Early morning walk.
I greet my neighbors.
“Morning,” I say in passing.
I can’t yet say “Good morning.”
It isn’t good.
And it won’t be good
Everyone can feel as safe as I do
Walking through their neighborhood.
Until the woman in the headscarf,
The youth in the black hoodie,
The man who is fluent in Spanish,
The lady in the wheelchair,
Until all of us can be safe.
Safe when we roll down the car window
For the policeman who pulled us over.
Safe when we put our arms around
The one we love
Right out there in public
No matter who it is we love.
Safe when we speak a language
Other than English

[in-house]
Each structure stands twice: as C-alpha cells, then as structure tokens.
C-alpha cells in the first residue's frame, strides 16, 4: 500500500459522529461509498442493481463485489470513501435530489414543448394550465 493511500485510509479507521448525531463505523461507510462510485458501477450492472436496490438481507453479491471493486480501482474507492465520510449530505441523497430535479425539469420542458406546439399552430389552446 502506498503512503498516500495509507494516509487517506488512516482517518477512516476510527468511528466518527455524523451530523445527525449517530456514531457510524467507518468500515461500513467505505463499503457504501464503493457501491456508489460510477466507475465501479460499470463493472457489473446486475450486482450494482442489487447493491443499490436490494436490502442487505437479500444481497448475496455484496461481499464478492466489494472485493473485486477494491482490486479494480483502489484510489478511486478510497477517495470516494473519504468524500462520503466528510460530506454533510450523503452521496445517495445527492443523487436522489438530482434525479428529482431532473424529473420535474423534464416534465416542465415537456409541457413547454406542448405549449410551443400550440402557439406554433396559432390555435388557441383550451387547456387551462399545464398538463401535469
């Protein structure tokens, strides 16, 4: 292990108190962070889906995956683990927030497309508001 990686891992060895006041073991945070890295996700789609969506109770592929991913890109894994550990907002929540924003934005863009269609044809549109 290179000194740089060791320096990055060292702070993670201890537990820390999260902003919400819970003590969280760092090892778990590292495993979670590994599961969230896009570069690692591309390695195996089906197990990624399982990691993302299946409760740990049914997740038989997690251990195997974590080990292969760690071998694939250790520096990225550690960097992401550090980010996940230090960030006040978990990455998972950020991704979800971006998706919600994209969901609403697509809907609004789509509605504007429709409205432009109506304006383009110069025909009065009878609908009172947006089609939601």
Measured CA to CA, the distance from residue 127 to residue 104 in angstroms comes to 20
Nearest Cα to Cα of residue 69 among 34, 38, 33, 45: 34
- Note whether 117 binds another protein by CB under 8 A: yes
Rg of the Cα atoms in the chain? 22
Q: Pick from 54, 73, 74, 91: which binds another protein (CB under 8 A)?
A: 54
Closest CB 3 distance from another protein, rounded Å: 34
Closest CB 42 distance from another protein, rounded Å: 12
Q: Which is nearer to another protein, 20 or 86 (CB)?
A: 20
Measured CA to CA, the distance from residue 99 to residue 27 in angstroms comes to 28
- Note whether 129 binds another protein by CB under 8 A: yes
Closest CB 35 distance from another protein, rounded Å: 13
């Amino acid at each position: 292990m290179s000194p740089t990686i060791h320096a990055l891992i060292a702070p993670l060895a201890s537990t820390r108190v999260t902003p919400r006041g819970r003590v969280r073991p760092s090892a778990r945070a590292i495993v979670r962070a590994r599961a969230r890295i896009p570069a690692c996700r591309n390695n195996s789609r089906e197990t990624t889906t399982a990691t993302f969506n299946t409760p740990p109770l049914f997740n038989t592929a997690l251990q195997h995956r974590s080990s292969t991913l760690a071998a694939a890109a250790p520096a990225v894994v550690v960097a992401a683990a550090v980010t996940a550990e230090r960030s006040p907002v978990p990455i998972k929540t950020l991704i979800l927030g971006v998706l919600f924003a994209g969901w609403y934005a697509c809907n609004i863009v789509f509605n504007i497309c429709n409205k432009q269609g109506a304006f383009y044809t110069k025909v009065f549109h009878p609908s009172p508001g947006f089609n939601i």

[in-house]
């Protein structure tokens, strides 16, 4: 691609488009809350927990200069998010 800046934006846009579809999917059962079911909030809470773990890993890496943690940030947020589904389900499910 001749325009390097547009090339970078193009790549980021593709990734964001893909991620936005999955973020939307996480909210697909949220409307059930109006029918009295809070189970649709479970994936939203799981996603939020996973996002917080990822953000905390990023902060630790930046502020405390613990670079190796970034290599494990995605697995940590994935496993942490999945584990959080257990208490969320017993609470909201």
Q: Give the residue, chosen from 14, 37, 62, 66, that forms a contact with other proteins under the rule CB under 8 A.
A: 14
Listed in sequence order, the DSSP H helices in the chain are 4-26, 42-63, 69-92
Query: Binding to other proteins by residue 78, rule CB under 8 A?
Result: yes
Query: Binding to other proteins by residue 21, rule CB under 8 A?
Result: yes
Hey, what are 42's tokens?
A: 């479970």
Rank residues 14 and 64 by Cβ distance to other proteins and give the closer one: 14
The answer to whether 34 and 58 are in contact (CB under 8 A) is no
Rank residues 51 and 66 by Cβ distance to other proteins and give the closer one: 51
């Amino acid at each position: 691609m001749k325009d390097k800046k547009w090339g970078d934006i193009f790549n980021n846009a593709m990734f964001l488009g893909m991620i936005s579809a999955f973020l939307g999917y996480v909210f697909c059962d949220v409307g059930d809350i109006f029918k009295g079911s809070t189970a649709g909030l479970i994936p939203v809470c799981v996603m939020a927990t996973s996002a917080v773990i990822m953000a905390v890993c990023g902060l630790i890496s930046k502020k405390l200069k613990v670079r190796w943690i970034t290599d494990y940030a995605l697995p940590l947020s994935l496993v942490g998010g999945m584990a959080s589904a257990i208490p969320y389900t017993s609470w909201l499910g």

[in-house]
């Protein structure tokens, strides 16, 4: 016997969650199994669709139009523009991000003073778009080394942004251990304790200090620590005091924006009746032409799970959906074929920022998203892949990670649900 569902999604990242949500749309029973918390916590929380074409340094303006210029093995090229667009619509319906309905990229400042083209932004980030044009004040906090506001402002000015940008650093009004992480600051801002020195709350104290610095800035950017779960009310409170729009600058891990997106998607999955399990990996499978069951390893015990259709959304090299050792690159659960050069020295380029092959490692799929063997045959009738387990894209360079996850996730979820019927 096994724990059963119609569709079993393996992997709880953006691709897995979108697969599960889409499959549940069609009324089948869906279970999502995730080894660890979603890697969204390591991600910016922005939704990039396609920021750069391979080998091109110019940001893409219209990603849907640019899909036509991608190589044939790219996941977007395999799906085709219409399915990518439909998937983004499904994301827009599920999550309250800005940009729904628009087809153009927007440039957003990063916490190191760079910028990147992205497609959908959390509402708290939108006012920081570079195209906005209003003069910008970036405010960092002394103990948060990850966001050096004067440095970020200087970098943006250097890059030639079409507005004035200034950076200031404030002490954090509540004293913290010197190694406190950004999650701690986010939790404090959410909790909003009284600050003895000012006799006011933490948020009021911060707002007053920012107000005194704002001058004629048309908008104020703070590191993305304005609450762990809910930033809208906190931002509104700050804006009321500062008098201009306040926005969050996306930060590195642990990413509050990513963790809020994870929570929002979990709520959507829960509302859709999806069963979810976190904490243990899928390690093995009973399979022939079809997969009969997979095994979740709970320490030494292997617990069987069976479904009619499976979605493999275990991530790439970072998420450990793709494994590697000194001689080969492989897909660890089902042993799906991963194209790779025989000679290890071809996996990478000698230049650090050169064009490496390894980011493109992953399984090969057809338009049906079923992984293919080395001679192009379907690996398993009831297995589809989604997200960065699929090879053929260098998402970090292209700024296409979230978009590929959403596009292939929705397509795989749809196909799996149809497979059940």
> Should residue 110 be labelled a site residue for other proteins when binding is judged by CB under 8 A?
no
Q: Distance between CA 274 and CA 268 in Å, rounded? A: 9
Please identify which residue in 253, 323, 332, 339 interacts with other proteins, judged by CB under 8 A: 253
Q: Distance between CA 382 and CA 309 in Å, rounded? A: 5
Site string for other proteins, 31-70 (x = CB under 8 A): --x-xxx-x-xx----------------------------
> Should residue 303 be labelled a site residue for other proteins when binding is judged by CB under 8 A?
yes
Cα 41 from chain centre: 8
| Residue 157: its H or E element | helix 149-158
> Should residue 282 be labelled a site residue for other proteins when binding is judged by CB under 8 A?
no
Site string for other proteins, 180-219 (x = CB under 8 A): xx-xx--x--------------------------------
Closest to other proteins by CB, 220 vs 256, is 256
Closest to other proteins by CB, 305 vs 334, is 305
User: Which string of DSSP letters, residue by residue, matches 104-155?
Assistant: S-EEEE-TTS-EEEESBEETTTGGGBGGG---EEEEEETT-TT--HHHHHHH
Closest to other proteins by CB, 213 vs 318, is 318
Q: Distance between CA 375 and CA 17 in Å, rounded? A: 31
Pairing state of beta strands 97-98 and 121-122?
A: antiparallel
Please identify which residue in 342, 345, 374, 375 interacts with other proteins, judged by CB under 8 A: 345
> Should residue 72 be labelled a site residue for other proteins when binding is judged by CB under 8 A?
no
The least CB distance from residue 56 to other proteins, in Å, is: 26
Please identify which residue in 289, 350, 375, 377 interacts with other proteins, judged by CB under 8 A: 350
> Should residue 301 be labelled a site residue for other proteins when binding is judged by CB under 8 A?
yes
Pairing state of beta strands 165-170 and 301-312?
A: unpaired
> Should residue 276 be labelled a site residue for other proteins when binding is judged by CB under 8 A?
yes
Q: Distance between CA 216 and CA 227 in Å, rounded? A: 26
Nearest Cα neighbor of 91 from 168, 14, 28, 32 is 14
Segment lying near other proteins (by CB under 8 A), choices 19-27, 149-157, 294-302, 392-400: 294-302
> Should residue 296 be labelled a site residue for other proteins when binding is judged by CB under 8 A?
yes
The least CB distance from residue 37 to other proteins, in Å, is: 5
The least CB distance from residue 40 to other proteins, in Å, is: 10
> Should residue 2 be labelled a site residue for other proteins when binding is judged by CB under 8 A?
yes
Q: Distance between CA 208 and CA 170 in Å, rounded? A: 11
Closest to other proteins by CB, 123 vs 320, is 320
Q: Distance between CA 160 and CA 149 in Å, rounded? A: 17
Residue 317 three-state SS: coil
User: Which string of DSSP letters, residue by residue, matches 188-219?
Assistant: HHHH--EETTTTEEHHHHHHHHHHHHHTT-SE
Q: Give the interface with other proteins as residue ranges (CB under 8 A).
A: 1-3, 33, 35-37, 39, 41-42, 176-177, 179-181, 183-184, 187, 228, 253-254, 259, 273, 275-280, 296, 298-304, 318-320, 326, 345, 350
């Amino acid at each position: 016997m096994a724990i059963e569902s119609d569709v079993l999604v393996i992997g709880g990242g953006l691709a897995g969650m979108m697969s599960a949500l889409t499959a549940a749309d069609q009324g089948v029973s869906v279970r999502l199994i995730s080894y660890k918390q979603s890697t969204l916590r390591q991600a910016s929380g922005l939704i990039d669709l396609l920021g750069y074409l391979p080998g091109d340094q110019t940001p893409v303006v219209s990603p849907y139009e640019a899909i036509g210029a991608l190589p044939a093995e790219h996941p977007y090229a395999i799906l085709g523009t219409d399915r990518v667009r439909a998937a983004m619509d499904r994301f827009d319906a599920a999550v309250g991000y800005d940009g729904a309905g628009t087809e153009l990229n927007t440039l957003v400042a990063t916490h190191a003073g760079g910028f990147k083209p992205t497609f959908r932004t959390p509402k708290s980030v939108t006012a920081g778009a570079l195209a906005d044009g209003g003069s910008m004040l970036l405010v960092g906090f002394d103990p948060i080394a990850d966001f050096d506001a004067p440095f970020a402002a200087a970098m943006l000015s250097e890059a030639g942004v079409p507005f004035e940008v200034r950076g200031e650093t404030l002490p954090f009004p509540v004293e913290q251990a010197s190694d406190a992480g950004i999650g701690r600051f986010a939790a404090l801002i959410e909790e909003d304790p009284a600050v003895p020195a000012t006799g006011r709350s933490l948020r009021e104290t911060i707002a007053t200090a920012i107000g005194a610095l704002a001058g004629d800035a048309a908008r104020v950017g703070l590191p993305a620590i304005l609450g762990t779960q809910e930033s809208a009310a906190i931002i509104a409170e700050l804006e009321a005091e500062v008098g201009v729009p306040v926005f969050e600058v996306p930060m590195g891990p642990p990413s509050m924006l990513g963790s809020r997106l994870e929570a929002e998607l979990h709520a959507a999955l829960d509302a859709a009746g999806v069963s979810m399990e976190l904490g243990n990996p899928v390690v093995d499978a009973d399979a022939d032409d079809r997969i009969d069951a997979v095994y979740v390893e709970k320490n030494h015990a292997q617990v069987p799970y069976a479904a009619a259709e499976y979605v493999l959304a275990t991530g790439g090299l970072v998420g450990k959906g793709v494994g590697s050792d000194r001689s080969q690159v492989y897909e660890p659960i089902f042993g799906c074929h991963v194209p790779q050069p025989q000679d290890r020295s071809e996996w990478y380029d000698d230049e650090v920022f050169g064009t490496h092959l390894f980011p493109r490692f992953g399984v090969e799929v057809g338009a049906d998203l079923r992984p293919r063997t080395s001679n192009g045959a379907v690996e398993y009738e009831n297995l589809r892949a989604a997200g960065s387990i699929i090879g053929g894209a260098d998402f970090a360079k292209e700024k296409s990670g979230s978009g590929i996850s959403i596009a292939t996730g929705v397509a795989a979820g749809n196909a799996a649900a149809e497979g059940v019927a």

Or English with our parents’ accent.
Safe when our disability means
Maybe we take a little longer at the ATM.
Safe when we’re the only woman on the bus.
Safe when our visa has expired and we’re
Too scared to go back to our broken country.
I want to know what it’s like to be you.
I can put on a “Black Lives Matter” T-shirt
And experience the hateful stares and scoffing comments.
But I can also take it off.
It doesn’t tell me how you feel every day
Walking around in the skin you were born with.
I can speak Spanish with my friends
But no one assumes I don’t speak English.
I can wear a headscarf like I did on cold, windy days
When I was a girl. We all did that.
No one would assume I was a terrorist.
I don’t ask that we always be comfortable.
Because safe is really important.
I have done nothing to deserve my privilege.
You have done nothing to deserve less.
Someday I will go for my morning walk
And say “Good morning!” to everyone I meet
And mean it
And know it is also a good morning
We have work to do.
Please, can we do it together?